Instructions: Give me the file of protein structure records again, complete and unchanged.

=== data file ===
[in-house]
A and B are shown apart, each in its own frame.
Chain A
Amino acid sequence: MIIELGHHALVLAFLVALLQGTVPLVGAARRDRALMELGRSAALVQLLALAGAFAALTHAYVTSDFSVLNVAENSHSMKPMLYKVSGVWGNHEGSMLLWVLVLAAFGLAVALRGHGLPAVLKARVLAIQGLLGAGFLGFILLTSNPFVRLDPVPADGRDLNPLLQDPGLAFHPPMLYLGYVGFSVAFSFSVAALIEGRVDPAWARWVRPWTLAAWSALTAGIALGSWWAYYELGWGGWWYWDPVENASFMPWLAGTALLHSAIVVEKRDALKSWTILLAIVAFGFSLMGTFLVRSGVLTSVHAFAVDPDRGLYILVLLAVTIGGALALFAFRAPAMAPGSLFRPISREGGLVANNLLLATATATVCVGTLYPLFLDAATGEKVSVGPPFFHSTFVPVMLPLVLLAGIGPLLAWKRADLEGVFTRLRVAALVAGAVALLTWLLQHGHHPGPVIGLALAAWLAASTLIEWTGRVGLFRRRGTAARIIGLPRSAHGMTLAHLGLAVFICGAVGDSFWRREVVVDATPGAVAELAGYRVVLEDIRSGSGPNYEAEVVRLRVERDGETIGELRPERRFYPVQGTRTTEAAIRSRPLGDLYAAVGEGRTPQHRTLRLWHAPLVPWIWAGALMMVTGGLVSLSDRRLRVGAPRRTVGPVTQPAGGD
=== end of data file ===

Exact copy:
[in-house]
A and B are shown apart, each in its own frame.
Chain A
Amino acid sequence: MIIELGHHALVLAFLVALLQGTVPLVGAARRDRALMELGRSAALVQLLALAGAFAALTHAYVTSDFSVLNVAENSHSMKPMLYKVSGVWGNHEGSMLLWVLVLAAFGLAVALRGHGLPAVLKARVLAIQGLLGAGFLGFILLTSNPFVRLDPVPADGRDLNPLLQDPGLAFHPPMLYLGYVGFSVAFSFSVAALIEGRVDPAWARWVRPWTLAAWSALTAGIALGSWWAYYELGWGGWWYWDPVENASFMPWLAGTALLHSAIVVEKRDALKSWTILLAIVAFGFSLMGTFLVRSGVLTSVHAFAVDPDRGLYILVLLAVTIGGALALFAFRAPAMAPGSLFRPISREGGLVANNLLLATATATVCVGTLYPLFLDAATGEKVSVGPPFFHSTFVPVMLPLVLLAGIGPLLAWKRADLEGVFTRLRVAALVAGAVALLTWLLQHGHHPGPVIGLALAAWLAASTLIEWTGRVGLFRRRGTAARIIGLPRSAHGMTLAHLGLAVFICGAVGDSFWRREVVVDATPGAVAELAGYRVVLEDIRSGSGPNYEAEVVRLRVERDGETIGELRPERRFYPVQGTRTTEAAIRSRPLGDLYAAVGEGRTPQHRTLRLWHAPLVPWIWAGALMMVTGGLVSLSDRRLRVGAPRRTVGPVTQPAGGD